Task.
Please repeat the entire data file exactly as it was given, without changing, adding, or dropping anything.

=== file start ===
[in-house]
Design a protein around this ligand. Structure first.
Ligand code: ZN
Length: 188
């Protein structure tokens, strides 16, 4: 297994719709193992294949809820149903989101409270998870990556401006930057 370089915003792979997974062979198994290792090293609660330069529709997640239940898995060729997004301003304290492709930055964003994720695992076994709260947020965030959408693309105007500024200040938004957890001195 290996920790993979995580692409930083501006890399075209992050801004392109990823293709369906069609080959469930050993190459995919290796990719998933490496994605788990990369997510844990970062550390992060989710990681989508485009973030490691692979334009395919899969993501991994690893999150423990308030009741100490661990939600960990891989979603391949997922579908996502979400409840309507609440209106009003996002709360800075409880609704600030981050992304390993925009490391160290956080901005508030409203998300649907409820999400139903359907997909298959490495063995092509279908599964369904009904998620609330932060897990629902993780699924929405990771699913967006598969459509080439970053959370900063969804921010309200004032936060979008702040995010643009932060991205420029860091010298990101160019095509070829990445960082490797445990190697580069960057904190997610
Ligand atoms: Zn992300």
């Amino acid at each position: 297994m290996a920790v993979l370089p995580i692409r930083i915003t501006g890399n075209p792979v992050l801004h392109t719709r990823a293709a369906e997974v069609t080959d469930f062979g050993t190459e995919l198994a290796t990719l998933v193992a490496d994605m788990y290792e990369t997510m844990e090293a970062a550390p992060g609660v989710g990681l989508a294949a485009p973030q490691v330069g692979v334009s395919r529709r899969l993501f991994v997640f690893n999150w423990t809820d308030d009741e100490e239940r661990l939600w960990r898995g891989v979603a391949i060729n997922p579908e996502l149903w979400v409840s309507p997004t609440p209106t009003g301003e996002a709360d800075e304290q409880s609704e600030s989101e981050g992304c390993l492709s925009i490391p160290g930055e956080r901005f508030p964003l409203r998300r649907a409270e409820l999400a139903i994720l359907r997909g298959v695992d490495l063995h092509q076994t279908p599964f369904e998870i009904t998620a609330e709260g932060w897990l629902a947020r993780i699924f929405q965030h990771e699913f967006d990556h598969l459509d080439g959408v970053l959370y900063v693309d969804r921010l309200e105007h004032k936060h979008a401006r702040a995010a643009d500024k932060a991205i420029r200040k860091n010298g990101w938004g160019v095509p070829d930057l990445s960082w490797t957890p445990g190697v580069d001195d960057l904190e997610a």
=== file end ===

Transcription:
[in-house]
Design a protein around this ligand. Structure first.
Ligand code: ZN
Length: 188
């Protein structure tokens, strides 16, 4: 297994719709193992294949809820149903989101409270998870990556401006930057 370089915003792979997974062979198994290792090293609660330069529709997640239940898995060729997004301003304290492709930055964003994720695992076994709260947020965030959408693309105007500024200040938004957890001195 290996920790993979995580692409930083501006890399075209992050801004392109990823293709369906069609080959469930050993190459995919290796990719998933490496994605788990990369997510844990970062550390992060989710990681989508485009973030490691692979334009395919899969993501991994690893999150423990308030009741100490661990939600960990891989979603391949997922579908996502979400409840309507609440209106009003996002709360800075409880609704600030981050992304390993925009490391160290956080901005508030409203998300649907409820999400139903359907997909298959490495063995092509279908599964369904009904998620609330932060897990629902993780699924929405990771699913967006598969459509080439970053959370900063969804921010309200004032936060979008702040995010643009932060991205420029860091010298990101160019095509070829990445960082490797445990190697580069960057904190997610
Ligand atoms: Zn992300």
């Amino acid at each position: 297994m290996a920790v993979l370089p995580i692409r930083i915003t501006g890399n075209p792979v992050l801004h392109t719709r990823a293709a369906e997974v069609t080959d469930f062979g050993t190459e995919l198994a290796t990719l998933v193992a490496d994605m788990y290792e990369t997510m844990e090293a970062a550390p992060g609660v989710g990681l989508a294949a485009p973030q490691v330069g692979v334009s395919r529709r899969l993501f991994v997640f690893n999150w423990t809820d308030d009741e100490e239940r661990l939600w960990r898995g891989v979603a391949i060729n997922p579908e996502l149903w979400v409840s309507p997004t609440p209106t009003g301003e996002a709360d800075e304290q409880s609704e600030s989101e981050g992304c390993l492709s925009i490391p160290g930055e956080r901005f508030p964003l409203r998300r649907a409270e409820l999400a139903i994720l359907r997909g298959v695992d490495l063995h092509q076994t279908p599964f369904e998870i009904t998620a609330e709260g932060w897990l629902a947020r993780i699924f929405q965030h990771e699913f967006d990556h598969l459509d080439g959408v970053l959370y900063v693309d969804r921010l309200e105007h004032k936060h979008a401006r702040a995010a643009d500024k932060a991205i420029r200040k860091n010298g990101w938004g160019v095509p070829d930057l990445s960082w490797t957890p445990g190697v580069d001195d960057l904190e997610a």